Virgin wool: Why is it so special and where is it used?

Virgin wool: Why is it so special and where is it used?

Wool is an incredibly versatile material, which is why it is so often used in the textile industry. The largest producer of wool is Australia. Australia accounts for 25% of the world's wool supply, with the two states of New South Wales and Victoria being its largest producers.

Wool’s quality depends mainly on two factors, namely the diameter of the fibre and the fineness or quality of the wool. High-quality wool is used for most garments and clothing. Wool of lower quality, on the other hand, is first and foremost used for the manufacture of carpets, blankets and upholstery.

Being quite versatile and diverse, wool is available in different types. You might have heard of Cheviot wool or even Merino wool, for example.

In this article we answer questions like 'What is new wool?' and tell you a bit more about what makes wool so special.

What is new wool?

As opposed to other types of wool, new wool is exclusively sourced from living sheep. Around 2.2 tonnes of new wool are produced annually in around 100 different countries. The sheep used for wool production are usually shorn once a year and produce 4 to 4.5 kg of wool per sheep. The quality of the wool is judged after the shearing. Though Australia is the world’s largest wool producer, high-quality wool is mainly supplied by New Zealand. During the quality control process, the wool fibre is pressed and tested for fibre fineness, strength, length and wool content (as wool can be contaminated by dirt and wool grease). Raw wool has an average fibre content of 30 to 70%.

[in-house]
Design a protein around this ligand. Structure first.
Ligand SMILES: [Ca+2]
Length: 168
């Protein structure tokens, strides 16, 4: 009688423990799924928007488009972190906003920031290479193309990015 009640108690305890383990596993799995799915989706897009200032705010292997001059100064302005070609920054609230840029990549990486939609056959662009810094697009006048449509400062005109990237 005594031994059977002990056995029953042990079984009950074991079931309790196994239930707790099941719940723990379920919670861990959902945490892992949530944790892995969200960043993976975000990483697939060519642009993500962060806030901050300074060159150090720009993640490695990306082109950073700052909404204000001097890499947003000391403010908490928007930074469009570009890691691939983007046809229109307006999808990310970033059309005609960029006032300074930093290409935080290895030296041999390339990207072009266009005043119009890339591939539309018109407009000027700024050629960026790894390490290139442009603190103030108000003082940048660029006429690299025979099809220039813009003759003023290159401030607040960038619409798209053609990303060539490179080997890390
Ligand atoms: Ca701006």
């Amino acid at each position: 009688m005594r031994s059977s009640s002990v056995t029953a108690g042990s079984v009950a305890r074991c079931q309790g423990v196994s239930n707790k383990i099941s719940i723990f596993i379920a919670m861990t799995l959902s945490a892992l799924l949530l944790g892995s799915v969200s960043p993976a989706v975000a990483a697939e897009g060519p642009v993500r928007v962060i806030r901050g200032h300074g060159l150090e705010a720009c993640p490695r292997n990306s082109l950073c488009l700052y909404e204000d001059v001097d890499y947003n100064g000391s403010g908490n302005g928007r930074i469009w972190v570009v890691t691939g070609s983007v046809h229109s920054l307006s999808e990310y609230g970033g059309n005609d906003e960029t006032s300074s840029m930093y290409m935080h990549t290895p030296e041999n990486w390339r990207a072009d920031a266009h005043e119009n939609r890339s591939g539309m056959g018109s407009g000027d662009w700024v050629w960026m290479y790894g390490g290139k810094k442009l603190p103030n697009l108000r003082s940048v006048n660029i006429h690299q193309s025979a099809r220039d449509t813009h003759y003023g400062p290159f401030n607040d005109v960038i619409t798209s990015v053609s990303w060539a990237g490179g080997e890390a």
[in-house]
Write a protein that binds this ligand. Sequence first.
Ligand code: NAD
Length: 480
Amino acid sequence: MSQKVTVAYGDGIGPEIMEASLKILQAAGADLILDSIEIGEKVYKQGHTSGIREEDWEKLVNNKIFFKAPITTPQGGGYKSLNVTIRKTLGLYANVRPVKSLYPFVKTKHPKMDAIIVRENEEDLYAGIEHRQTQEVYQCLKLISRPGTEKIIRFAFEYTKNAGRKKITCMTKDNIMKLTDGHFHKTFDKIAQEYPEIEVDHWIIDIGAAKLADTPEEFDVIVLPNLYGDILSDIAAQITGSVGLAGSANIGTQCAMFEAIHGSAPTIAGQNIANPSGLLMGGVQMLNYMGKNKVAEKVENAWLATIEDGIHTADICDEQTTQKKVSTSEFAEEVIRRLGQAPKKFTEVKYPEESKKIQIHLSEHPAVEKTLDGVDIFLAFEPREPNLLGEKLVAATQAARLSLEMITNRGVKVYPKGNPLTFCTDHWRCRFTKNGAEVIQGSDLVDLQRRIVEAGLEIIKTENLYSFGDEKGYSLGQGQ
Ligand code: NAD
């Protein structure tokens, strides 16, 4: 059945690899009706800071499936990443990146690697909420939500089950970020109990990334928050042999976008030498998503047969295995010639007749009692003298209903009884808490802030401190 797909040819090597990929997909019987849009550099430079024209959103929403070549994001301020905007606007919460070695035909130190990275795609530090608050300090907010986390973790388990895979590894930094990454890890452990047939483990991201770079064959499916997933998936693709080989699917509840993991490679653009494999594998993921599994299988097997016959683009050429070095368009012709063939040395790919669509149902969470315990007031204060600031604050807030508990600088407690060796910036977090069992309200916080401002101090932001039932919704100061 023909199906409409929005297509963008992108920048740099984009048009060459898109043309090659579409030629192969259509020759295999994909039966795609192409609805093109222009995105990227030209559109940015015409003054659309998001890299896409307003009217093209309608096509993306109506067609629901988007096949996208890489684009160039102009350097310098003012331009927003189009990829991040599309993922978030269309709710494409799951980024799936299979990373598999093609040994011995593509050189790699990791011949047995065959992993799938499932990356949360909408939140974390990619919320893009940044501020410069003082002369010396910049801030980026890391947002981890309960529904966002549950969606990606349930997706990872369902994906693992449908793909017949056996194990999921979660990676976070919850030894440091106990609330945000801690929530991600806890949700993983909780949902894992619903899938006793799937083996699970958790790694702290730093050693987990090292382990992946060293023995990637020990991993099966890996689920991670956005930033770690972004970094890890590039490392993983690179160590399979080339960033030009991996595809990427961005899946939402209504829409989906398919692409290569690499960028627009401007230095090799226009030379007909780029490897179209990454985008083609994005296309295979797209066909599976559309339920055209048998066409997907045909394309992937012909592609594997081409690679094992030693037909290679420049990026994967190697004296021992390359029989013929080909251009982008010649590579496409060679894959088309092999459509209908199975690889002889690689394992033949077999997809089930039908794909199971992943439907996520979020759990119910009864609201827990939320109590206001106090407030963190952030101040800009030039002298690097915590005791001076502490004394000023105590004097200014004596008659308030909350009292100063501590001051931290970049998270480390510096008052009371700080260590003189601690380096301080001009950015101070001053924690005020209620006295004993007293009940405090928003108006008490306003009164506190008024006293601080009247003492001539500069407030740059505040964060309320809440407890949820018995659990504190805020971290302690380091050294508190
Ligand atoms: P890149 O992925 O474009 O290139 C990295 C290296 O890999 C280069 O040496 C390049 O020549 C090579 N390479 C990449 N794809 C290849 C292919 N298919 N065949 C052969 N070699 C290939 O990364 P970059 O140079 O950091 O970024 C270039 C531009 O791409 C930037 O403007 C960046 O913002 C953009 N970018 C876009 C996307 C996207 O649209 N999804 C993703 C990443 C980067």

In order to obtain wool, a sheep must be sheared to obtain a coherent, solid piece of wool fleece, as this produces stronger and longer fibres. The wool is then sorted by colour and thoroughly cleaned. With a so-called carding machine the cleaned wool is combed and loosened. Carding of the wool takes place before spinning and dyeing. During spinning, fibres are pulled tightly together and twisted. The yarns differ depending on the type of spinning and the quality.

Besides new wool there are other types of wool, such as:

  • shoddy wool (recycled product made from re-used waste wool
  • tanner wool (fur from slaughtered animals
  • Sterblingswolle (wool from naturally dead animals)

What is new wool: characteristics

As new wool is a purely natural product, it has properties far superior to those of synthetic materials. New wool is a renewable raw material, and is thus compostable and biodegradable. This is particularly important as the textile industry is one of the biggest polluters and sources of trash and waste. In Germany alone, more than one million tons of fabrics end up in the garbage every year.